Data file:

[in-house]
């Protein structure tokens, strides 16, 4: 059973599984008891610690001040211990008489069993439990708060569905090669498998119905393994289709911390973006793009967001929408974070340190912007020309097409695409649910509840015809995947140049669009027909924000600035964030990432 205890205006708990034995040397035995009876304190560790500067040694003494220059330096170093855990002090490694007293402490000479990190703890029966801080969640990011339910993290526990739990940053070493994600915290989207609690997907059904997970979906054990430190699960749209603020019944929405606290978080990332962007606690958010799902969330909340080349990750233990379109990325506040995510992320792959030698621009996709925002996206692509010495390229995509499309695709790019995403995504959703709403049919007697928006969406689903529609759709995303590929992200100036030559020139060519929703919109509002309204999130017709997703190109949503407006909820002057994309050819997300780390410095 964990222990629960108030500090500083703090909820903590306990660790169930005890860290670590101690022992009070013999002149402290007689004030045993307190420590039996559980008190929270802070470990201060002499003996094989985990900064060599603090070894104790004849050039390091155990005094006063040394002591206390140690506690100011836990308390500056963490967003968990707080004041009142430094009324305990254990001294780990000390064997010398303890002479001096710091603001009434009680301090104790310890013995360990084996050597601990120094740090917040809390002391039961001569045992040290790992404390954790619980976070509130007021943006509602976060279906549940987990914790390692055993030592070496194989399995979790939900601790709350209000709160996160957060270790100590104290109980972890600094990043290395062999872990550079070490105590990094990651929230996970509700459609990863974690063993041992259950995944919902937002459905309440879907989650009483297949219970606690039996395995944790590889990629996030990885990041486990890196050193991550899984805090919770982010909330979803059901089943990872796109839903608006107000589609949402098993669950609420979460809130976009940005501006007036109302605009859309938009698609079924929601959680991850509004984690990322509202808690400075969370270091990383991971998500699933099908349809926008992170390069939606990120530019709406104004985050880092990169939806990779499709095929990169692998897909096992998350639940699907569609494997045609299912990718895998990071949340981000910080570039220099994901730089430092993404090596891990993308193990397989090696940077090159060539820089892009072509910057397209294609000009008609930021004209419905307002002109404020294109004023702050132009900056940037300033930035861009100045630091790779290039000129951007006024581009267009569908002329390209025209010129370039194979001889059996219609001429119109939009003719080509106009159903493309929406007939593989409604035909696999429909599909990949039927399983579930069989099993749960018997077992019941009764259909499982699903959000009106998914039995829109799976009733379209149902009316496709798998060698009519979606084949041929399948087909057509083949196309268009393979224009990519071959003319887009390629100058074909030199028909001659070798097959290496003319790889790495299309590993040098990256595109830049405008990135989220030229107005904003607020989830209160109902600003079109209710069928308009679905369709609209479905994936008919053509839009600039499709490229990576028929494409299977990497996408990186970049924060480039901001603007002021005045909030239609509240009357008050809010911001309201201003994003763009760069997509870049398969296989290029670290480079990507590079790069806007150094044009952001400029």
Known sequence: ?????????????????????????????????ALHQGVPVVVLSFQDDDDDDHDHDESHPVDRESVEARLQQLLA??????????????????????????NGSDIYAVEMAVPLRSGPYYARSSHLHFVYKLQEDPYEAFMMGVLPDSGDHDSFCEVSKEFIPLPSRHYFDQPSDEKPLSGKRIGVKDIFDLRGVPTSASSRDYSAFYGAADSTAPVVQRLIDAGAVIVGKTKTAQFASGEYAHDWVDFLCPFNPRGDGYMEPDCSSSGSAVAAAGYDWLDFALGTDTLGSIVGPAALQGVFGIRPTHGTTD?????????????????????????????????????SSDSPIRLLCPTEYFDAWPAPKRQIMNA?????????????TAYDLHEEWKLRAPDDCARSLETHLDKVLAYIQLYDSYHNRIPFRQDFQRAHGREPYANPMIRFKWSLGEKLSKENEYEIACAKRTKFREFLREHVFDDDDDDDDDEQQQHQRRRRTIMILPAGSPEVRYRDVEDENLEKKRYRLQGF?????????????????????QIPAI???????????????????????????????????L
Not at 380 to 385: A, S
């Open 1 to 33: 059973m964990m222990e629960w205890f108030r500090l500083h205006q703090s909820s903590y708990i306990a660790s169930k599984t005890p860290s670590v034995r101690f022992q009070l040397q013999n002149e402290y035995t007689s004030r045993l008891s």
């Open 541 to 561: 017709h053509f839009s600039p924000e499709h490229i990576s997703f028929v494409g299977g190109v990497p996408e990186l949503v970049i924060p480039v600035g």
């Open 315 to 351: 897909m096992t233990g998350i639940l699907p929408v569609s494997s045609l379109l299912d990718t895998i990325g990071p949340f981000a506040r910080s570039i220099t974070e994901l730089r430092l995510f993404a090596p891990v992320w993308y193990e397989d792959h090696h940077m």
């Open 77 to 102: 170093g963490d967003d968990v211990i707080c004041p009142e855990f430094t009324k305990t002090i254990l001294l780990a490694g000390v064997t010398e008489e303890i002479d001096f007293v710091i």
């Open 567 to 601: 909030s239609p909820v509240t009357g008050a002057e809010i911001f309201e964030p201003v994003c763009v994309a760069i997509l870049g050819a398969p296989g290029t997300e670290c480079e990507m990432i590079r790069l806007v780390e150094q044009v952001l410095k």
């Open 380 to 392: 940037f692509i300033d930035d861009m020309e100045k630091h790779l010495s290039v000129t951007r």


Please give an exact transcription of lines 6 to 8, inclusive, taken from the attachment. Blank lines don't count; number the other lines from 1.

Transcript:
């Open 541 to 561: 017709h053509f839009s600039p924000e499709h490229i990576s997703f028929v494409g299977g190109v990497p996408e990186l949503v970049i924060p480039v600035g």
């Open 315 to 351: 897909m096992t233990g998350i639940l699907p929408v569609s494997s045609l379109l299912d990718t895998i990325g990071p949340f981000a506040r910080s570039i220099t974070e994901l730089r430092l995510f993404a090596p891990v992320w993308y193990e397989d792959h090696h940077m």
């Open 77 to 102: 170093g963490d967003d968990v211990i707080c004041p009142e855990f430094t009324k305990t002090i254990l001294l780990a490694g000390v064997t010398e008489e303890i002479d001096f007293v710091i």